Synamen minced along the cracked sidewalk, trying to look vulnerable. Her wrist comm chirped urgently. She glanced at it, recognizing the caller’s ID. Birch again. She touched a button, shunting the call to her message queue and shutting off the comm. Nine calls in the last four days. She was working. What more did he want?
Ninth Street was dark; two of the overhead lights were burned out and city maintenance was mostly indifferent due to budget cuts. The shadows actually helped hide the flaws in her disguise. She had chosen her outfit carefully for this evening stroll. Tall, black boots clung tightly and accentuated her muscular legs, difficult to see in the darkness, but the mere suggestion was enough. The hem of her leather miniskirt rode up with each roll of her hips, an enticing invitation. She wore her thinnest leather jacket in the cool fall air. Not the most appropriate item to complete her attire, but it was difficult enough hiding her tools in the skimpy clothes she was wearing. She swung a small bag casually from her hand and gazed around at the darkened office buildings in the most naive manner she could muster.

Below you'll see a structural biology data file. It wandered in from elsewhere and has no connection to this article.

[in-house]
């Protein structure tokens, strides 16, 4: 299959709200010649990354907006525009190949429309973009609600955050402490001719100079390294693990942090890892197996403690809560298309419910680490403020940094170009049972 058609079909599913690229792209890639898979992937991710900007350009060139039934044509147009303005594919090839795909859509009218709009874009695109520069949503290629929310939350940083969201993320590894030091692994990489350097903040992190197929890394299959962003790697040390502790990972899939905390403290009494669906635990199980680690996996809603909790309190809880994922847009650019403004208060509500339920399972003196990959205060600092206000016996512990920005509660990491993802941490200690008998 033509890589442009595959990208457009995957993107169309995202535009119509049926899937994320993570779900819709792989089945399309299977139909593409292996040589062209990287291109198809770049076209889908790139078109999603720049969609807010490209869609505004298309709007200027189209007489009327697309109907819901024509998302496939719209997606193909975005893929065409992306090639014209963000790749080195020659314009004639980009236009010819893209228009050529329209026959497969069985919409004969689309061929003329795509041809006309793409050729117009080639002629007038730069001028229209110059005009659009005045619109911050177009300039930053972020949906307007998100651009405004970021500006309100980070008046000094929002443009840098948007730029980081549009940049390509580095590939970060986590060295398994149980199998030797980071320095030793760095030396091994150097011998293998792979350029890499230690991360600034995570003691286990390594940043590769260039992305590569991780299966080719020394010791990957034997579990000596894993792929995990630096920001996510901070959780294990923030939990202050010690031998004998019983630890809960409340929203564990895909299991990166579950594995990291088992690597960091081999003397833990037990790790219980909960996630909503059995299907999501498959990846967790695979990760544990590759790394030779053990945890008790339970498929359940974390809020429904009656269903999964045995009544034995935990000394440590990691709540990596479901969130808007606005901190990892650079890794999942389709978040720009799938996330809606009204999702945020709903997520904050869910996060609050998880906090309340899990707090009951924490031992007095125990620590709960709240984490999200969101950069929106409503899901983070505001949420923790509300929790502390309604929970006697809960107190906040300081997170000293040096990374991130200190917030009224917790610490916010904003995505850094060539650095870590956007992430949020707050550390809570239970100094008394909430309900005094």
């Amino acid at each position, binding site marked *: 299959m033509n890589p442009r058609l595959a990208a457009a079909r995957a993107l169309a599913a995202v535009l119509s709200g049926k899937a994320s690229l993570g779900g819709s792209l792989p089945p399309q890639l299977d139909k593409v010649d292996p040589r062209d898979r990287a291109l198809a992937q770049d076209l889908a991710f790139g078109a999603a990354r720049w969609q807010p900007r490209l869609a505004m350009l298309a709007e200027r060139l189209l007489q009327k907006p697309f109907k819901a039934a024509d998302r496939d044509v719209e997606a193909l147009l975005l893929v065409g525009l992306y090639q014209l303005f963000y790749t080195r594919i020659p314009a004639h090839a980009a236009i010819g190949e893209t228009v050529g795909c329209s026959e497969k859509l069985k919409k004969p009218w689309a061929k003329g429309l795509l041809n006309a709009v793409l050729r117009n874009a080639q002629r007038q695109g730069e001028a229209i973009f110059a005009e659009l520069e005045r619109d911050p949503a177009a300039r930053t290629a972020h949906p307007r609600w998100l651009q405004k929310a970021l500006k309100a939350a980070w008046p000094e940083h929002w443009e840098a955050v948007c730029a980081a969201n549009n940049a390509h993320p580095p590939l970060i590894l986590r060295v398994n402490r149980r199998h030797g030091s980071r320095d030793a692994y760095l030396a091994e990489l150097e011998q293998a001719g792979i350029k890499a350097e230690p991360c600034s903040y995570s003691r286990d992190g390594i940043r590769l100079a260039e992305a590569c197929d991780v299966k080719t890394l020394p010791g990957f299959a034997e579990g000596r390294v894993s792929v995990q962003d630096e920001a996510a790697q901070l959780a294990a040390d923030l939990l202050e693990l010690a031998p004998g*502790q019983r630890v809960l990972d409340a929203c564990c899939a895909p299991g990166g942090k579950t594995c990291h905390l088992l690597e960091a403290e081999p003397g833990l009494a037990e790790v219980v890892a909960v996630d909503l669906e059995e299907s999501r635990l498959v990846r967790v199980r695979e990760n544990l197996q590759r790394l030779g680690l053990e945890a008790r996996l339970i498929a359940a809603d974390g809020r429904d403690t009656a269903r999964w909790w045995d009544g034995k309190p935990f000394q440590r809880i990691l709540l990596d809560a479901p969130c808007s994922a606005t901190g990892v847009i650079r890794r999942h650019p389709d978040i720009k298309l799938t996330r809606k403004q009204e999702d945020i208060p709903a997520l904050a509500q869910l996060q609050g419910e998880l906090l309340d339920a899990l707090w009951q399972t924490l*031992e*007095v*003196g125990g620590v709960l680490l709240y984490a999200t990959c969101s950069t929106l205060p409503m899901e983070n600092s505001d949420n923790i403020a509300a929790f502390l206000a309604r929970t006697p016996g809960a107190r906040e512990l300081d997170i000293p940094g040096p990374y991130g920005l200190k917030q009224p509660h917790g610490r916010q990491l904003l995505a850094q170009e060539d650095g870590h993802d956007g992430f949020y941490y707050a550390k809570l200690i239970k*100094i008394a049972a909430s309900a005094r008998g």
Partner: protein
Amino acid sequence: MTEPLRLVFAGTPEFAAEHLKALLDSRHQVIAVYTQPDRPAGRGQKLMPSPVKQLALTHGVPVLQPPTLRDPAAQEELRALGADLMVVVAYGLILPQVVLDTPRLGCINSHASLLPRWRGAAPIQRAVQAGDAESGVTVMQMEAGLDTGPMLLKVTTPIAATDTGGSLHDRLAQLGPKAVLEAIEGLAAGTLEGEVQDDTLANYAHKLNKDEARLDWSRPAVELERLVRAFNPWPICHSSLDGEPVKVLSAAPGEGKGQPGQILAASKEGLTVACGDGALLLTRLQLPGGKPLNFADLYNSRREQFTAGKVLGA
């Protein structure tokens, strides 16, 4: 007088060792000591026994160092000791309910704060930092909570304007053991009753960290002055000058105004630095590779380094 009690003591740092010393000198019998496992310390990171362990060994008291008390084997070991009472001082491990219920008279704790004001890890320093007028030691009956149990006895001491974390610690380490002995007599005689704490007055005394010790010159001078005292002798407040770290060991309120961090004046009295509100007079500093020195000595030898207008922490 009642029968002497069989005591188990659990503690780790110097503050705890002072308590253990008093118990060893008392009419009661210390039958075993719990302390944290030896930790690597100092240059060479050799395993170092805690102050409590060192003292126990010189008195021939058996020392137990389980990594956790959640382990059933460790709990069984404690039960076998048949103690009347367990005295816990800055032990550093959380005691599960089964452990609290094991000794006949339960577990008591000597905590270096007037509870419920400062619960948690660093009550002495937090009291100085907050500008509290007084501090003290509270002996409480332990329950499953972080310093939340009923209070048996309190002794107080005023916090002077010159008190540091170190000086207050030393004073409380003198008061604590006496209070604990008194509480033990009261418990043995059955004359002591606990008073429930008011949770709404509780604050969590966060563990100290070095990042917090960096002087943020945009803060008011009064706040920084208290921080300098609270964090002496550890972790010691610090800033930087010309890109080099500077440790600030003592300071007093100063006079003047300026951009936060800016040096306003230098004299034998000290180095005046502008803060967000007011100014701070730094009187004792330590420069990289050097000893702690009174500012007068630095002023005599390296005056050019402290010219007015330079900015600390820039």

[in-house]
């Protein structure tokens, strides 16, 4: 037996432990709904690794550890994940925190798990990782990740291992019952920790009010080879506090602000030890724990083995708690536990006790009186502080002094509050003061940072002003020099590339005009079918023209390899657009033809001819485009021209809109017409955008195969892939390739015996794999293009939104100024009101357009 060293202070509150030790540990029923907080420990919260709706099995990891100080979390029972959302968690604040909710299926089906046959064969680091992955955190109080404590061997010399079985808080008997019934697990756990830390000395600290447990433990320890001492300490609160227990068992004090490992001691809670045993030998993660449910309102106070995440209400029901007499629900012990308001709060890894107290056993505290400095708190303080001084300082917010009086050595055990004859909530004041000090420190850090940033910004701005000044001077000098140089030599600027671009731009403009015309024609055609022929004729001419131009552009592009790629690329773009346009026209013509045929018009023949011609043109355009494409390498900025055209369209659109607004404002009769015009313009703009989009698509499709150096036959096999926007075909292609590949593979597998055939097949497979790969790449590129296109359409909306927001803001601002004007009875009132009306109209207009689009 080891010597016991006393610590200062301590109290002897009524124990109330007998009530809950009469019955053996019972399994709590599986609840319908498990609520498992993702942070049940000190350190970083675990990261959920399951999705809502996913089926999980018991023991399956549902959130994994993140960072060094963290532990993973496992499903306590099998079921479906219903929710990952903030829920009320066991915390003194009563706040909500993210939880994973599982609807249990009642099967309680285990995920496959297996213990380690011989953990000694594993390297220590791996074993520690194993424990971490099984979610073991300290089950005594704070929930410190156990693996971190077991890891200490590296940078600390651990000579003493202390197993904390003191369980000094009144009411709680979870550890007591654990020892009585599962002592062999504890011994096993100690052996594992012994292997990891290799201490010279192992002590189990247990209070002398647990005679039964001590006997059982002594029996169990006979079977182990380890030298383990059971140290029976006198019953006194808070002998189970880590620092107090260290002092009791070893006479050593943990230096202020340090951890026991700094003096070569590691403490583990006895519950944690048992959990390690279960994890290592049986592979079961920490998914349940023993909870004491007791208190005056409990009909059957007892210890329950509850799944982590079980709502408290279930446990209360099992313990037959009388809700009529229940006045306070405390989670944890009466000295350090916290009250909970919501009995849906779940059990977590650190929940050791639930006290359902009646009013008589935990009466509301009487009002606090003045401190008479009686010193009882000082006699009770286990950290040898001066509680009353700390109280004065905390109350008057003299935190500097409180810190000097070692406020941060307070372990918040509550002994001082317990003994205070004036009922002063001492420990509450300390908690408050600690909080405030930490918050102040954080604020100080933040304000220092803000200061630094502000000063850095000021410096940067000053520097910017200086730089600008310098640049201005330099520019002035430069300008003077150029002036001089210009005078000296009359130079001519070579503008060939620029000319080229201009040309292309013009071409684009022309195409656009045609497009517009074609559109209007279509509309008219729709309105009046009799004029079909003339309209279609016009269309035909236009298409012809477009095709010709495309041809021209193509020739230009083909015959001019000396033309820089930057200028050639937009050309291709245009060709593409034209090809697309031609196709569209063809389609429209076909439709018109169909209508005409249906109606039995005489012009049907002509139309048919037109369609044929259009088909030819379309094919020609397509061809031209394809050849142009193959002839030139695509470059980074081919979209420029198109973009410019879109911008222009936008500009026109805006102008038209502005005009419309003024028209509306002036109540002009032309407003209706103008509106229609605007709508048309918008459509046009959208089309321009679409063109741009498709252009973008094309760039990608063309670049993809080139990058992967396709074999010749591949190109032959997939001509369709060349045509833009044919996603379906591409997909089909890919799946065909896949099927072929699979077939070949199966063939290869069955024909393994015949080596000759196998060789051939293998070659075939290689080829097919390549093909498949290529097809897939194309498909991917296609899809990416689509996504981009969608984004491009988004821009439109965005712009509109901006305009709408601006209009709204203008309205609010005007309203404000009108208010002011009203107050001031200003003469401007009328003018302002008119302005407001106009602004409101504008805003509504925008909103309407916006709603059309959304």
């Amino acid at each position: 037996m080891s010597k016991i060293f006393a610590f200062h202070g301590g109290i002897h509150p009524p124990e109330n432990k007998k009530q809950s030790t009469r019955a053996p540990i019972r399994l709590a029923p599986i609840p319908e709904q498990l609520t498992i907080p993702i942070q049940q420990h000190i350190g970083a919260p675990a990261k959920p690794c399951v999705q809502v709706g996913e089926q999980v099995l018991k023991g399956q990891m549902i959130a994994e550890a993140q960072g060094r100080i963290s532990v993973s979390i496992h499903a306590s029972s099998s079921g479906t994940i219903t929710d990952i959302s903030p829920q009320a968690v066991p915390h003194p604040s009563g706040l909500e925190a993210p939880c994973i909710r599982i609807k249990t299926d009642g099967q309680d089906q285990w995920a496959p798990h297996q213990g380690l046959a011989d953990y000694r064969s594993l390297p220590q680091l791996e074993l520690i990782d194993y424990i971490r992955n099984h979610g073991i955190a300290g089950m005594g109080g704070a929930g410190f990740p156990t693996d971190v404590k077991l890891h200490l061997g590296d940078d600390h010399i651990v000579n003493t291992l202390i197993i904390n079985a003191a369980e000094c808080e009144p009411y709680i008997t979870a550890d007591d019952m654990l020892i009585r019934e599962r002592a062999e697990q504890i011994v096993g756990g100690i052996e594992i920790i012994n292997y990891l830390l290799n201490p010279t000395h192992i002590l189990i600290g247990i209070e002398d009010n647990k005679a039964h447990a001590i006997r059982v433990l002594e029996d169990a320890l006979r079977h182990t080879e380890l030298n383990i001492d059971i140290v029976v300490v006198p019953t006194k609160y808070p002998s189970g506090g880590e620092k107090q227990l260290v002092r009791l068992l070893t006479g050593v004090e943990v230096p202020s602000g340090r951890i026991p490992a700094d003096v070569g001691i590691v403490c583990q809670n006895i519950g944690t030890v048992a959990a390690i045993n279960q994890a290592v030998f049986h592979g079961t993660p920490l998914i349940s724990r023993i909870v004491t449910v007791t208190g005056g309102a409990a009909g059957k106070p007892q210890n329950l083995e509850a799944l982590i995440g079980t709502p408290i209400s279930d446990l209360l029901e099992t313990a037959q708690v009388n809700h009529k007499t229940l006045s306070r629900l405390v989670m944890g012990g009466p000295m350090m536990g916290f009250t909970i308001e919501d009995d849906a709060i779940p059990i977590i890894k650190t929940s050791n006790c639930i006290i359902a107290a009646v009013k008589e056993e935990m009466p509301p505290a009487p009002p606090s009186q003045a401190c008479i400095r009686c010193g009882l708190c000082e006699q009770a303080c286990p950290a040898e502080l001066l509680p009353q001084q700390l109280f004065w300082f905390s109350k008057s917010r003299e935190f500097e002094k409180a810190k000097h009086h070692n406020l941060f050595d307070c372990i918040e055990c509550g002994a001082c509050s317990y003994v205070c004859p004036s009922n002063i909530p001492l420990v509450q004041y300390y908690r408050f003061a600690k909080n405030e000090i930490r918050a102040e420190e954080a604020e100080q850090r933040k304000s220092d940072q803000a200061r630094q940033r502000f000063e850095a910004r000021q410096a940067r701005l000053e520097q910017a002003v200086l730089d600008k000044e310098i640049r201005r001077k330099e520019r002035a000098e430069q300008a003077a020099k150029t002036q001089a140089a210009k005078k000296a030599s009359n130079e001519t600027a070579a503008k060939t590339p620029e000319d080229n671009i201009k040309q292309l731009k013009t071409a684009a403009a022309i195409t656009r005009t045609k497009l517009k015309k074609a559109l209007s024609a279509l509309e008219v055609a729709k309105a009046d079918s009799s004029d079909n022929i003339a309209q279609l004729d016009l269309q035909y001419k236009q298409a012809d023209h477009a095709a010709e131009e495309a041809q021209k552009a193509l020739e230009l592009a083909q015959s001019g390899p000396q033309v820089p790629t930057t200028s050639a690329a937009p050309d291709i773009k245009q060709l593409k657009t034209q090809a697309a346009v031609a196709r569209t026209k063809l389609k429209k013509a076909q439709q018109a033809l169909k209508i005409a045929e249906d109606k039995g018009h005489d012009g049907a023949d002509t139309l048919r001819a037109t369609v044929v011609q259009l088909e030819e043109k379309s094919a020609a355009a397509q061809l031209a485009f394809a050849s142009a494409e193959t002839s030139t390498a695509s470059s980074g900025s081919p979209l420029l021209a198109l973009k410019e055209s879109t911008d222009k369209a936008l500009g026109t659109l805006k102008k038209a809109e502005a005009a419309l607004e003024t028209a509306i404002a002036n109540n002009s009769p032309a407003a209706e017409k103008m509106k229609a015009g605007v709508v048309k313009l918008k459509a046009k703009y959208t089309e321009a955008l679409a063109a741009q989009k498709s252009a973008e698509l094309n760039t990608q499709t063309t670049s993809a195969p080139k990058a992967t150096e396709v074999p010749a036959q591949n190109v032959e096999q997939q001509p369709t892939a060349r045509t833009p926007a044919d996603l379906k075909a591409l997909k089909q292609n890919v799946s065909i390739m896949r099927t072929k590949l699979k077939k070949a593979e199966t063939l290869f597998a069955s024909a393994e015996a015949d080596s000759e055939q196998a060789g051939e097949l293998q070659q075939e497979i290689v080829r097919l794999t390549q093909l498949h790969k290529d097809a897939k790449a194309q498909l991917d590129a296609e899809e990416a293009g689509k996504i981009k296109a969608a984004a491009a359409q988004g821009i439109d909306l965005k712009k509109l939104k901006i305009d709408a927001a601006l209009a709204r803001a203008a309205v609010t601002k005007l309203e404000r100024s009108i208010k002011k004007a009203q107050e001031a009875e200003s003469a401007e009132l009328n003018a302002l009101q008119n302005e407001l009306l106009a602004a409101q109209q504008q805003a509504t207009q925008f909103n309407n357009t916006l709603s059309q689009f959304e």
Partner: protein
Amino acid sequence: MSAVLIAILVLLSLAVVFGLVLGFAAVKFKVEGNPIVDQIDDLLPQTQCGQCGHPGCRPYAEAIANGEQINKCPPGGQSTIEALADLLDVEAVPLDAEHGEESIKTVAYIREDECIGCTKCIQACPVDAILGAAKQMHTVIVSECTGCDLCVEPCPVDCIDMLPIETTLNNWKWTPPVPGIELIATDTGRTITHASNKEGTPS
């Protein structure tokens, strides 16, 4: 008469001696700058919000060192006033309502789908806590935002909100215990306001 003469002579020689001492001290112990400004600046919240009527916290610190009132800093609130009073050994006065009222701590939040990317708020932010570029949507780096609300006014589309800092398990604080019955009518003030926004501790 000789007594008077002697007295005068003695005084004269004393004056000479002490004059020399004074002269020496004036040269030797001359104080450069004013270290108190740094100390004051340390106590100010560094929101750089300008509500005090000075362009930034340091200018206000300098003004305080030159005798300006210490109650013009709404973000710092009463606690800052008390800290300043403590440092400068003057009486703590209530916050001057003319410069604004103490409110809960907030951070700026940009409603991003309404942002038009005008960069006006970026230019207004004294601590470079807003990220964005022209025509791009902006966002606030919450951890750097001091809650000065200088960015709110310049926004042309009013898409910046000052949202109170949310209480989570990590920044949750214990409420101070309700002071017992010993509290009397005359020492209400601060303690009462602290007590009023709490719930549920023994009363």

Her act must have been convincing because the two men were still following her. She had picked them up three blocks back on Grand Avenue and they were doing their best to avoid coming to her notice. Until they had her cornered, of course. Then they’d move in for their own brand of evening fun. Her surveillance had only taken three days before she knew their routine and the best way to encourage them to approach her. Their lazy habits would serve her well.
Thug One was tall and heavy-set, relying on his bulk to intimidate others. Thug Two was short and slight, and overly fond of the long leather coat he wore everywhere. He had serious fashion issues. She could hear them, heavy-footed and clumsy, drawing closer. Such amateurs. They needed serious instruction in proper stalking. They were making her job far too easy.